No. 6, Sec. 23NE; Cover school; Voting place 1958-1990; used as Moorhead LHHA gift shop & etc.

~Source: The Loess Hills Visitor Center in Moorhead has a binder of info on country schools of the area.

Cover Country School Building History

Built perhaps in the late 1920's. Research is not conclusive as records have been moved away with Township Clerks, and burned in fires on more than one occasion. The school closed in 1955 and used after 1958 as a Voting Precinct and Township Hall.

The building would have been torn down and changed into a dwelling or farm building probably, as that is what happened to most of the old school houses. The building was sold by Monona County. Citizens purchased it because of the historic, cultural and economic possibilities.

In the restoration process, it was decided to avoid stripping the many stubborn layers of paint from the wains-coating. To do this the back of the wains-coating was used. Removing the wains-coating was difficult, as it seemed that if one nail would be good, then two or three would be better. And surely a small nail was not adequate, so larger nails were used. So, those techniques resulted in much damaged wains-coating and thus wains-coating was salvaged from other like-type school houses in the area. Leonard Bolton of Dunlap donated wains-coating from old school houses of the same era and style, that he owned, as well as extra woodwork, and doors for the restroom that was added to the restored building. The Johnsons of Moorhead also donated materials from an old school house. Ed Perkins of Woodbine donated materials from a school house in Harrison County. All school houses from which parts were taken were scheduled to be torn down. Over 600 pieces of wains-coating of sanding were furnished by Jerry Hansen. Sander and sandpaper and nailing gun and nails furnished by Country Craftsman of Onawa.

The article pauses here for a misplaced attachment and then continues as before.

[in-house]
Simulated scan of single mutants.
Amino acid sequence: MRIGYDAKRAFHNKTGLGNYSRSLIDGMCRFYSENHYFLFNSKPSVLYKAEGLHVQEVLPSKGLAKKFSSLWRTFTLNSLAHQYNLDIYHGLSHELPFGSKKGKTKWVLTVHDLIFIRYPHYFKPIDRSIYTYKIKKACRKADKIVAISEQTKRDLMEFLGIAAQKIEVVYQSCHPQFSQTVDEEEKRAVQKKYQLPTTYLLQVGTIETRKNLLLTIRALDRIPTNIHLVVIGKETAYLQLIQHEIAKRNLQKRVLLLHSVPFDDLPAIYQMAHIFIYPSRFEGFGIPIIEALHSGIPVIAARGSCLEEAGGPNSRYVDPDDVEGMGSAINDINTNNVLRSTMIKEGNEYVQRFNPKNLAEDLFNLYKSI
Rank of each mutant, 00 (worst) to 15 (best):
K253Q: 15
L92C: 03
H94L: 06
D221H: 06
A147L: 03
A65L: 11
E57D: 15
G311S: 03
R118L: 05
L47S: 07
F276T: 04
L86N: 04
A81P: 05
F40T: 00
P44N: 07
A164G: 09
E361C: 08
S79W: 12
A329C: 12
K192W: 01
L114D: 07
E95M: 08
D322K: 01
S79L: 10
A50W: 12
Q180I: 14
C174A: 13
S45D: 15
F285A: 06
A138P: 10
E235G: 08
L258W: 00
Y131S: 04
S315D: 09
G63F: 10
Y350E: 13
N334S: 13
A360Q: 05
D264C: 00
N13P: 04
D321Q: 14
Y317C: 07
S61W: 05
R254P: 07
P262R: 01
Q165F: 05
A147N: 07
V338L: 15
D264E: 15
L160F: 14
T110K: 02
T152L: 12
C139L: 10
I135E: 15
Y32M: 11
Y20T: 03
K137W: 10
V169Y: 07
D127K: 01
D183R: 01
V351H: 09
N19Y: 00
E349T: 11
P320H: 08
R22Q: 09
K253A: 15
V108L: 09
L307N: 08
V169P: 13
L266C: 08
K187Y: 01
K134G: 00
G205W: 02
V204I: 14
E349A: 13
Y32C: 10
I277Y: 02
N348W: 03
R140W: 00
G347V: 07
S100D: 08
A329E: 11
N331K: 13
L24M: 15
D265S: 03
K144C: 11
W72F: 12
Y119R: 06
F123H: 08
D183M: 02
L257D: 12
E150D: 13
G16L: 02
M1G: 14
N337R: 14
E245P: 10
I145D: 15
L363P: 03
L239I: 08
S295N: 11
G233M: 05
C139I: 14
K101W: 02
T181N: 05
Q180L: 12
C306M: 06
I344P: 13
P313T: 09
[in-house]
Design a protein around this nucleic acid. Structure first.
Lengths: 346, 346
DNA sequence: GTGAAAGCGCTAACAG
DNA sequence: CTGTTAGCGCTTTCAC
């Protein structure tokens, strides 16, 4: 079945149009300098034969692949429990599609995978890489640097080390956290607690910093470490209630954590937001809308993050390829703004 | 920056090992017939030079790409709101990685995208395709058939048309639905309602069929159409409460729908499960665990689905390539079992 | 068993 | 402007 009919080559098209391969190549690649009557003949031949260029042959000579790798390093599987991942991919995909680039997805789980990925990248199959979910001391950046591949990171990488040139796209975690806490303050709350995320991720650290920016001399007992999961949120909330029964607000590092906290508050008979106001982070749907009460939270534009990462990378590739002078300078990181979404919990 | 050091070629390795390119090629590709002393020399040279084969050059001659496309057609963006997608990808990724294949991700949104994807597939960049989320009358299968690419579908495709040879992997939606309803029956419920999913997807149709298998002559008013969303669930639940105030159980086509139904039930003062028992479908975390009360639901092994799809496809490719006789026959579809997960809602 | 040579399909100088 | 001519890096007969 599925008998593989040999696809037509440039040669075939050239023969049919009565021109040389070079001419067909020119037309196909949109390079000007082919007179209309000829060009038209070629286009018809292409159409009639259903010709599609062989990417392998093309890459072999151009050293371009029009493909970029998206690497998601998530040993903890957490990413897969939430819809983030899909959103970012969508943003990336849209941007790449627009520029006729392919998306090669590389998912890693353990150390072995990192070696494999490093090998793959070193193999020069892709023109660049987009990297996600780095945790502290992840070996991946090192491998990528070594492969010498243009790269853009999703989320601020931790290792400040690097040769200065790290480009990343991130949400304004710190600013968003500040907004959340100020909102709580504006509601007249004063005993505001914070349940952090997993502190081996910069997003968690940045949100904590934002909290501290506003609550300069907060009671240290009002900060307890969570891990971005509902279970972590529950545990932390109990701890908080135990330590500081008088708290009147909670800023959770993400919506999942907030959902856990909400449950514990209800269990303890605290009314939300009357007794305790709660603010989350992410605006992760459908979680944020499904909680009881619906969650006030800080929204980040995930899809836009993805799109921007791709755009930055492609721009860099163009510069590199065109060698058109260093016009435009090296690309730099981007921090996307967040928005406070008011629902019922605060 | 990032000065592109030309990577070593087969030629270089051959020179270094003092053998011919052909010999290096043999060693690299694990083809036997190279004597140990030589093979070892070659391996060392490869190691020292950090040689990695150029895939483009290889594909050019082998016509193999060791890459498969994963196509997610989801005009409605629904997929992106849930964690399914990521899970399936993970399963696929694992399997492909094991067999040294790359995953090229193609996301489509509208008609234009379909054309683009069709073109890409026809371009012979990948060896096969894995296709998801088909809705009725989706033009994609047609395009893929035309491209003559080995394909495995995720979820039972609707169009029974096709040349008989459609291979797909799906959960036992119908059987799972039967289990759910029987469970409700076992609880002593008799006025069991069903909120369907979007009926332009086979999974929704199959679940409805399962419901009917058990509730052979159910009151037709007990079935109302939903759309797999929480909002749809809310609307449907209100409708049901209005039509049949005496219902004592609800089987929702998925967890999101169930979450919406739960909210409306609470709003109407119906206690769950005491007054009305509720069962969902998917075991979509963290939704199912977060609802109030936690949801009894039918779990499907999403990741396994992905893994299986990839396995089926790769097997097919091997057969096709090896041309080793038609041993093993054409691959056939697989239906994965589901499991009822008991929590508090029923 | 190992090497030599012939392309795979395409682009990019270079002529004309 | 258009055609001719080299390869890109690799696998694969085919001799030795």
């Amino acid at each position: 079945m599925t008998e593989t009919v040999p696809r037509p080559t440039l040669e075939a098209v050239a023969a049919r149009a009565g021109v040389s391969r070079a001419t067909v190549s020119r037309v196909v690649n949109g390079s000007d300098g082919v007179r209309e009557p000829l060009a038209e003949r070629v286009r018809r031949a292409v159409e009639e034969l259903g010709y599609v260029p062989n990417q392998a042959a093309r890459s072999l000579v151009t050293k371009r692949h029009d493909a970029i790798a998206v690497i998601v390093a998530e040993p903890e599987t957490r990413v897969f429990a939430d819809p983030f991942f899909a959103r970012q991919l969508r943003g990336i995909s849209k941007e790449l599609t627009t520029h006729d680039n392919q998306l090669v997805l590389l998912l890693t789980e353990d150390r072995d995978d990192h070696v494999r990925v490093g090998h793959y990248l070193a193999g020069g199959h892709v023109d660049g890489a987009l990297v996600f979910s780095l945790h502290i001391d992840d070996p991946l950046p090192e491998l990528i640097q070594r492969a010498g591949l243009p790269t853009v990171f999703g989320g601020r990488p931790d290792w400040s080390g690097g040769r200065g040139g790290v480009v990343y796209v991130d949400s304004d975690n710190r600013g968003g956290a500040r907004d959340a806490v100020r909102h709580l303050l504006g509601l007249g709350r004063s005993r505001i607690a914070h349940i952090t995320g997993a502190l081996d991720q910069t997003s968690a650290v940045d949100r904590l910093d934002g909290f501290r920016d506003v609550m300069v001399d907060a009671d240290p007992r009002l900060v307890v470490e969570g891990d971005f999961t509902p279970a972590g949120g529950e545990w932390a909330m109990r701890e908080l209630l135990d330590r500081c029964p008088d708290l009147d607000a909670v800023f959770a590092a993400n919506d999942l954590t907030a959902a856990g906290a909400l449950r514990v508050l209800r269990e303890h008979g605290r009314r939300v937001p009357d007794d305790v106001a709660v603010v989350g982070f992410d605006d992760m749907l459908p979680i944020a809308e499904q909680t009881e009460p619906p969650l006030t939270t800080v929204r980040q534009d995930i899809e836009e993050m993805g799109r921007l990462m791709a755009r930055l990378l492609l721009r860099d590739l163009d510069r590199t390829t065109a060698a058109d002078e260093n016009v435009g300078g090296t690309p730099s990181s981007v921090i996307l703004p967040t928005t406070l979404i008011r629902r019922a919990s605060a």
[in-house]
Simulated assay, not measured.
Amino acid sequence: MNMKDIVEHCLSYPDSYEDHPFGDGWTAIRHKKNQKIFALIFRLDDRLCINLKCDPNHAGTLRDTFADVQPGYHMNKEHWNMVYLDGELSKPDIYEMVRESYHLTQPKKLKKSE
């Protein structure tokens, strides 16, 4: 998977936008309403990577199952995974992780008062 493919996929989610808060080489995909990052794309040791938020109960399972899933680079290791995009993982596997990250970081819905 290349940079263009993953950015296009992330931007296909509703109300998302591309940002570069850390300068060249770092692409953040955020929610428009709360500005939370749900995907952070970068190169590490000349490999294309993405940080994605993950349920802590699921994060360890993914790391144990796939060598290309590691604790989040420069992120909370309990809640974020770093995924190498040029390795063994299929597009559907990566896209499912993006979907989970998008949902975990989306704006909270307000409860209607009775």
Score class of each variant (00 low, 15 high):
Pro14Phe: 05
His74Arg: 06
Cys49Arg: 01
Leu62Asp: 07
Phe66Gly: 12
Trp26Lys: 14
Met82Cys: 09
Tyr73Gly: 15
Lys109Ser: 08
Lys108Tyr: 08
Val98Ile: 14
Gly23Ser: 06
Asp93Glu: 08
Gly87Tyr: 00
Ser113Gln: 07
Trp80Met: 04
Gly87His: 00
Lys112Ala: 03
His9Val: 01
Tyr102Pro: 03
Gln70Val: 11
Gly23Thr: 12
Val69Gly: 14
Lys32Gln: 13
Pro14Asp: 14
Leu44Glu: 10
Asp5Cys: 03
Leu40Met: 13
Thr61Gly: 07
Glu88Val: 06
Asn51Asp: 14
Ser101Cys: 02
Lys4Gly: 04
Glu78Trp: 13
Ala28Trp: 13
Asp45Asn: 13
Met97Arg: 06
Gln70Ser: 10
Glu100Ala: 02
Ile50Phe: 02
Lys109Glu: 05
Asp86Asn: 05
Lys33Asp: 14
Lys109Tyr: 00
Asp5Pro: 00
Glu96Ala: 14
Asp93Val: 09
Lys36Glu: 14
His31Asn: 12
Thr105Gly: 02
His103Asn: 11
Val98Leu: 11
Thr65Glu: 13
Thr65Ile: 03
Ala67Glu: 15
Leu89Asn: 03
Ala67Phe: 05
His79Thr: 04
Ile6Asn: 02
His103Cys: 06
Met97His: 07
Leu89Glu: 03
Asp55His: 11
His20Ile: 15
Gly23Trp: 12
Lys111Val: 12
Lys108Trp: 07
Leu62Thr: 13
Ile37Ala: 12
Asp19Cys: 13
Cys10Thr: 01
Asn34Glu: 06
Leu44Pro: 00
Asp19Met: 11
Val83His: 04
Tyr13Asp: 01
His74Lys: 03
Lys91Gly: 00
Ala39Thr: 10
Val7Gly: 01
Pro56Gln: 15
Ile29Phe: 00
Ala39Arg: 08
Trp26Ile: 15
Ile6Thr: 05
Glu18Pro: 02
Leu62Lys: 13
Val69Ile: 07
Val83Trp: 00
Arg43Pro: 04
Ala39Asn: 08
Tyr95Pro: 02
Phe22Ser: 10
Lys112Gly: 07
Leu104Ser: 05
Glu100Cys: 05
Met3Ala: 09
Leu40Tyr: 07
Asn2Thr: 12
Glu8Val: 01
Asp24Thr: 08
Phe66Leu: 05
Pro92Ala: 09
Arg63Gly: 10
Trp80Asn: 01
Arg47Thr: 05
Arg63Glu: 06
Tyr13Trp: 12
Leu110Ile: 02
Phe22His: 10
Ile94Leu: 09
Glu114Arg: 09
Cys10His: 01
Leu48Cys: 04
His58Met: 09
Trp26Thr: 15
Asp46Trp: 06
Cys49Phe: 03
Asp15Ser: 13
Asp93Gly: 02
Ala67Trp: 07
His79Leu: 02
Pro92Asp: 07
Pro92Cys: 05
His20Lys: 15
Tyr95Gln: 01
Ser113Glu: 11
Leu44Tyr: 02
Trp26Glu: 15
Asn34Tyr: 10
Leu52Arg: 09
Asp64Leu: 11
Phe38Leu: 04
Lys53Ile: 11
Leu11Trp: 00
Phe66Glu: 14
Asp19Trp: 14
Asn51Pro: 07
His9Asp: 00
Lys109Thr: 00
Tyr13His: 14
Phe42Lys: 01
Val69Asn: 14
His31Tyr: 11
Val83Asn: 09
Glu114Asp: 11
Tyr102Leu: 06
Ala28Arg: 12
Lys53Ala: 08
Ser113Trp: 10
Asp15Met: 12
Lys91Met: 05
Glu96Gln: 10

All schools of this “hip and ridge” architecture style had basements. The blocks were laid with poor mortar which gave way and most were lost because of the basement construction. The Cover basement was of poor mortar quality, as well. After the building was lifted off the blocks of the basement walls, the blocks could be just lifted away. According to “Iowa's Country Schools” by Sherman, this type of architecture is generally rare, in Iowa except in western parts. The building still had the “sand-table” in it when purchased.

Myrt Hubbard was one of the committee members overseeing the restoration of the Cover School House. She is the Great Granddaughter of Thomas Cover for whom the school was named.

~History text submitted by volunteer, R. Pickle, located in Cover Country School House, which is now the Loess Hills Visitor Center and Gift shop in Moorhead